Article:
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Rifle Heritage Center Museum asks city to cover more costs

The Rifle Heritage Center Museum.
Ray K. Erku/Post Independent

Rifle City Council is addressing a proposal to take on more operating costs for the Rifle Heritage Center.

The building at 337 East Ave., Rifle’s former city hall built in 1952, is currently being leased to the museum board for a nominal fee. The city also pays $15,500 per year for the museum’s insurance and utility bills.

The proposal requests the city replace a boiler and swamp cooler for $65,000, and hire a full-time employee to run the museum at $40,000 to $60,000 per year.



With the added costs and what it’s already paying, the city would be responsible for paying $140,500 for up to one year and an additional $75,000 per year in the future.

Museum board President Kathy Runia stated in a letter to the city that it has in recent memory spent $23,000 on new light fixtures and another $5,000 on plumbing upgrades. Those costs combined with what the museum needs to stay operational are why it is requesting more financial backing from the city.  



“We have taken excellent care of the building, and have continued to make upgrades to the building at the Museum’s expense,” the letter states. “Our concerns need to be addressed, as we do not want to find the Museum in financial hardship.”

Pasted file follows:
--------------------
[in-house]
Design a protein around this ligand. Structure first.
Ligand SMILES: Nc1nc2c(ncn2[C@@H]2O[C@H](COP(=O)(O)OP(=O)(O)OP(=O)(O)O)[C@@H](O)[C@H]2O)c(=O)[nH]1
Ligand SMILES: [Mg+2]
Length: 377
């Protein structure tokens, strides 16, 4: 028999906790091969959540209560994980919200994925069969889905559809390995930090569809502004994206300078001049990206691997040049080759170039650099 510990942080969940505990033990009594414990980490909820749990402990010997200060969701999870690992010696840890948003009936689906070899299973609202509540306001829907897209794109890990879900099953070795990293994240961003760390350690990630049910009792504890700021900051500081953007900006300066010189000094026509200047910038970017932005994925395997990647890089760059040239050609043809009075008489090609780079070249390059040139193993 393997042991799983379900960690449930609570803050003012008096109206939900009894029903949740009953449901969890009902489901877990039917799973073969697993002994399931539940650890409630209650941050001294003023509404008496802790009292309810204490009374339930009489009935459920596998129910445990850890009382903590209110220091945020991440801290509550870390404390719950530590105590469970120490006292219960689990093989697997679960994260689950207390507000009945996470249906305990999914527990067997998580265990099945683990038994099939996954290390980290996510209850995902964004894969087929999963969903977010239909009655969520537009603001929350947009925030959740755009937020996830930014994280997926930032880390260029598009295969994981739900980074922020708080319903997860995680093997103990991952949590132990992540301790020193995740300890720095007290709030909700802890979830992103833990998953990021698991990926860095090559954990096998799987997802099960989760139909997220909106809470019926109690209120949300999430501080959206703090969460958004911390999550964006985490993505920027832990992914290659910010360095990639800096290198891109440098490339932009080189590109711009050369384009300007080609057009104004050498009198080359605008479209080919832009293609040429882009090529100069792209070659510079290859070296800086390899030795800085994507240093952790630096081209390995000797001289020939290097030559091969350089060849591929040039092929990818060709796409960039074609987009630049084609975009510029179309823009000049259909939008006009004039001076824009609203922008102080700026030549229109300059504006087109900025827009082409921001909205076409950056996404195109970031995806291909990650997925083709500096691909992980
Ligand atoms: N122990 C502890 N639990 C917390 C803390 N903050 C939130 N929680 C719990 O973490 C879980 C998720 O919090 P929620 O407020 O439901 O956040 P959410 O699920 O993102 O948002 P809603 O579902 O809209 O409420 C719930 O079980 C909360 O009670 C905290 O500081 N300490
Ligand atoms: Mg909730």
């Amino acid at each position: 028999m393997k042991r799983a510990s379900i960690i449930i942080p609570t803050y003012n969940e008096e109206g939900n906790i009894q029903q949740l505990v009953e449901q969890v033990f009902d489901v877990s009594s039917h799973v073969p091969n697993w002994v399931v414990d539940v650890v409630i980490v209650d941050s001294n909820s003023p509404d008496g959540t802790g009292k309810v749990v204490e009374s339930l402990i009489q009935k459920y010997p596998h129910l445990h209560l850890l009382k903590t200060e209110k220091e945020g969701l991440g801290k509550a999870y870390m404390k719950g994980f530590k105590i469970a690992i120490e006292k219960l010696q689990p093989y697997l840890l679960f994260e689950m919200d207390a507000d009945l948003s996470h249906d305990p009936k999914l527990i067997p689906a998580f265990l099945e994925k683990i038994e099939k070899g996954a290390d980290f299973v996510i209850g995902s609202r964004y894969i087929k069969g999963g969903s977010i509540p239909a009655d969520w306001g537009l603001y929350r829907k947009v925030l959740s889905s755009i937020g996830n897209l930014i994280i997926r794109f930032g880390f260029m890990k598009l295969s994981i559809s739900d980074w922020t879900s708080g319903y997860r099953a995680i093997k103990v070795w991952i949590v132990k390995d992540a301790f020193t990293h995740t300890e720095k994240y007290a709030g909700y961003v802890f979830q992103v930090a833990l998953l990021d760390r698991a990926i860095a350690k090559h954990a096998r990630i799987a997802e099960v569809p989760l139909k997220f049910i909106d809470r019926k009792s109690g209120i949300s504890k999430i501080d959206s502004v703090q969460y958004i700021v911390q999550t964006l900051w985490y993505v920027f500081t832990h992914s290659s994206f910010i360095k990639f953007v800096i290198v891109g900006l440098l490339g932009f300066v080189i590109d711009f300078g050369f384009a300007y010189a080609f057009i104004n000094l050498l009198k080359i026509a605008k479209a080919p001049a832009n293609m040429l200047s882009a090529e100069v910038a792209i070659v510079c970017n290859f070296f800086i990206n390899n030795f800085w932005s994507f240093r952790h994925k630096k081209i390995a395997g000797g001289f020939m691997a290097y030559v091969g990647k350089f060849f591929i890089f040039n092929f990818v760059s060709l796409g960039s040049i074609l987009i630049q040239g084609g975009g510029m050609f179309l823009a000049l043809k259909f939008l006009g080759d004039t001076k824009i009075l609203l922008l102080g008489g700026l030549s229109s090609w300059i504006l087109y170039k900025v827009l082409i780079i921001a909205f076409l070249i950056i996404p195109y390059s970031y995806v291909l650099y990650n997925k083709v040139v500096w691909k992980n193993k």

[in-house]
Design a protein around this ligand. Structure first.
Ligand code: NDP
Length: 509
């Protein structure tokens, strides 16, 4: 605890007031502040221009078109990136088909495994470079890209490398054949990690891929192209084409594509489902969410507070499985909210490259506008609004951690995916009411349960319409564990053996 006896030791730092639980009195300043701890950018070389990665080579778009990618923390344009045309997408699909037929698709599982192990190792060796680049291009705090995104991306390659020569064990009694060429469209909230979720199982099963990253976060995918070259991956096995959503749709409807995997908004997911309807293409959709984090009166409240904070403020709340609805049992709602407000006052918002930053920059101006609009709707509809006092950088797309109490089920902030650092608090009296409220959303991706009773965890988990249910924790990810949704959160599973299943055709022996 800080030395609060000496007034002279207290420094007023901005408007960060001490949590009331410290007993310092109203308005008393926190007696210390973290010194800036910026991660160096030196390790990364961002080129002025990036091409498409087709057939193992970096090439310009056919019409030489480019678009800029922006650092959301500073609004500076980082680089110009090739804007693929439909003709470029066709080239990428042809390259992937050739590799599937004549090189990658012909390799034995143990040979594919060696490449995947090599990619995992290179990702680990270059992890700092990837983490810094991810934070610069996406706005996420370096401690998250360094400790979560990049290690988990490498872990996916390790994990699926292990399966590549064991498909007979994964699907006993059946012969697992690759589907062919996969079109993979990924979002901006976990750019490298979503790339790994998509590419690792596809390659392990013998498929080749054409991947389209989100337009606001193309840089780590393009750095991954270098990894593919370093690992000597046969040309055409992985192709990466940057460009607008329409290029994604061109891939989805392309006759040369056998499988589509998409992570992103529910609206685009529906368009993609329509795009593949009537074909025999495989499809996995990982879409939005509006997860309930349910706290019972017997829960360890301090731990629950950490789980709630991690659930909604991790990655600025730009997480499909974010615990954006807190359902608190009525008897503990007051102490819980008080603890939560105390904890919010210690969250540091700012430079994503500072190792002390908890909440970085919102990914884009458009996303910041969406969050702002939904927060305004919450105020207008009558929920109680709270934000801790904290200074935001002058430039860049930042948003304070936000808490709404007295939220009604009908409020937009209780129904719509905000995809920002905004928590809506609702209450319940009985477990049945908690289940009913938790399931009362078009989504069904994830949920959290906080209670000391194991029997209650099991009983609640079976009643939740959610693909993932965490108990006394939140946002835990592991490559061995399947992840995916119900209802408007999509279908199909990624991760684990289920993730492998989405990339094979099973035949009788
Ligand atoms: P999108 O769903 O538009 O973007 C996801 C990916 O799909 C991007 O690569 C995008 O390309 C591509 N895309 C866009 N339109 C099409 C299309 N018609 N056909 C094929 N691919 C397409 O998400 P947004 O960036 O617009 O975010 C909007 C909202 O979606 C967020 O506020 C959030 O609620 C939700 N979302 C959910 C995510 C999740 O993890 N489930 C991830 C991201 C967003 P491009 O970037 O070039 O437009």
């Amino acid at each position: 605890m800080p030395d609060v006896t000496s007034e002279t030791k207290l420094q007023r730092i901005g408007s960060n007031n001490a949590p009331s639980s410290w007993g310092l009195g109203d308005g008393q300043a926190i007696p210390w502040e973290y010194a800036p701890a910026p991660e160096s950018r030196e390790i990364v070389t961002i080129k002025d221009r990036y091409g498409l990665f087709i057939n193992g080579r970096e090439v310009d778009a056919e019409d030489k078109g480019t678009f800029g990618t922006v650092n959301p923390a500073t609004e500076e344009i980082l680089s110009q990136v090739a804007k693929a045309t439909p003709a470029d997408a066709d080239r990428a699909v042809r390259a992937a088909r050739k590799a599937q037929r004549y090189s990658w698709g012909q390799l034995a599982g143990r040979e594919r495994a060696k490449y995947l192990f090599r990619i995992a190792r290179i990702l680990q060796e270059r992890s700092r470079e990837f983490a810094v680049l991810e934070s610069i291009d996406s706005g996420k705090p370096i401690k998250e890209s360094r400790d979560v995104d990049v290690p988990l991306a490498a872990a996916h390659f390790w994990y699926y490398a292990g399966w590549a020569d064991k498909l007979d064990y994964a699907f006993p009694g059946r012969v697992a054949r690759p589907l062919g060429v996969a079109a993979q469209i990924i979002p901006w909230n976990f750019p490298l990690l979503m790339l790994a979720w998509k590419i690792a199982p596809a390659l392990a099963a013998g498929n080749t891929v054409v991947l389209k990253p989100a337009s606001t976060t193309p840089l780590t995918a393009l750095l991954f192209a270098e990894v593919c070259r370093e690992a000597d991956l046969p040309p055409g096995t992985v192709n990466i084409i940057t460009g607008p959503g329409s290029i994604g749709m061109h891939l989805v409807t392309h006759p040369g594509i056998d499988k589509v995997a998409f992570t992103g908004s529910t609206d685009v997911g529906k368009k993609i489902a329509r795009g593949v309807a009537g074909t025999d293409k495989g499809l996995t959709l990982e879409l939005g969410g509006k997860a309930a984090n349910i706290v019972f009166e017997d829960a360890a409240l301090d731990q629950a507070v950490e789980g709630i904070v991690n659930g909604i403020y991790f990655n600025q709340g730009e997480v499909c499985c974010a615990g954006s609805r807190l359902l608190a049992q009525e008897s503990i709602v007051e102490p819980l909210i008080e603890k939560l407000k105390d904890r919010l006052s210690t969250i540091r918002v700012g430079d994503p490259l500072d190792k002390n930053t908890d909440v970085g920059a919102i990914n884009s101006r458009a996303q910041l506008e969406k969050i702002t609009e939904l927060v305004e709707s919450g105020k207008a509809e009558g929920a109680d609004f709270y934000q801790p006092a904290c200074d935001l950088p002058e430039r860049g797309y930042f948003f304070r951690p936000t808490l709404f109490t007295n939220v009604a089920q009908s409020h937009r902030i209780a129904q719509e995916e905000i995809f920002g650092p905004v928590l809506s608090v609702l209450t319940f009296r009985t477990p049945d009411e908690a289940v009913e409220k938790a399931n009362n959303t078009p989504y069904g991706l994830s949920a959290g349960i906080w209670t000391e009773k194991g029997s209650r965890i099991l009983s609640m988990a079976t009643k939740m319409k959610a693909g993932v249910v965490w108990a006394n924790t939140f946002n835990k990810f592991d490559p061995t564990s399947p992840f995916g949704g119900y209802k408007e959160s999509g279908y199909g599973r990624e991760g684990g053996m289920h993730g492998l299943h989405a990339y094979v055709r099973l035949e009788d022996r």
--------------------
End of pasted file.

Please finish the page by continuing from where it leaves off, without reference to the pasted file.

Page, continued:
Rifle City Council discussed during a July 6 workshop whether they could take on the extra expenses. They asked if it was better for the museum board to go after grants or contact entities like the Colorado Historical Society or perhaps Colorado Mountain College to help with its operation.

City Council member Joe Carpenter said the city currently isn’t in a spot to just “fork over money.”

“I would like to be able to just go to them and say, ‘Look, you know you guys are gonna have to get some grants,’” he said. 

The Rifle Heritage Center, formally called Rifle Creek Museum, originally opened in 1967 and is Garfield County’s largest museum. Over the past 20 years, however, volunteers running the museum have dwindled, while it’s had to raise money just to put heat in the building.

Meanwhile, Garfield County voters in 2018 shot down a ballot measure that would have increased property taxes aimed at providing additional funding for historical societies and museums, including the Rifle Heritage Center, city documents state.

Rifle City Attorney Jim Neu said museums countywide are facing financial hardship.

“Every community in Garfield County has a little museum and Historical Society, and all of them are dying on the vine,” he said. “(The 2018 ballot measure) was so minuscule property tax-wise and would have solved the whole problem.”

Rifle City Council member Brian Condie said he didn’t want the city to take on these extra costs until the museum board comes up with a long-term operations plan.

“What’s your succession plan? When you guys are all gone, who’s going to take it over?” he asked. “I’m not going to invest money if there’s no succession plan.”


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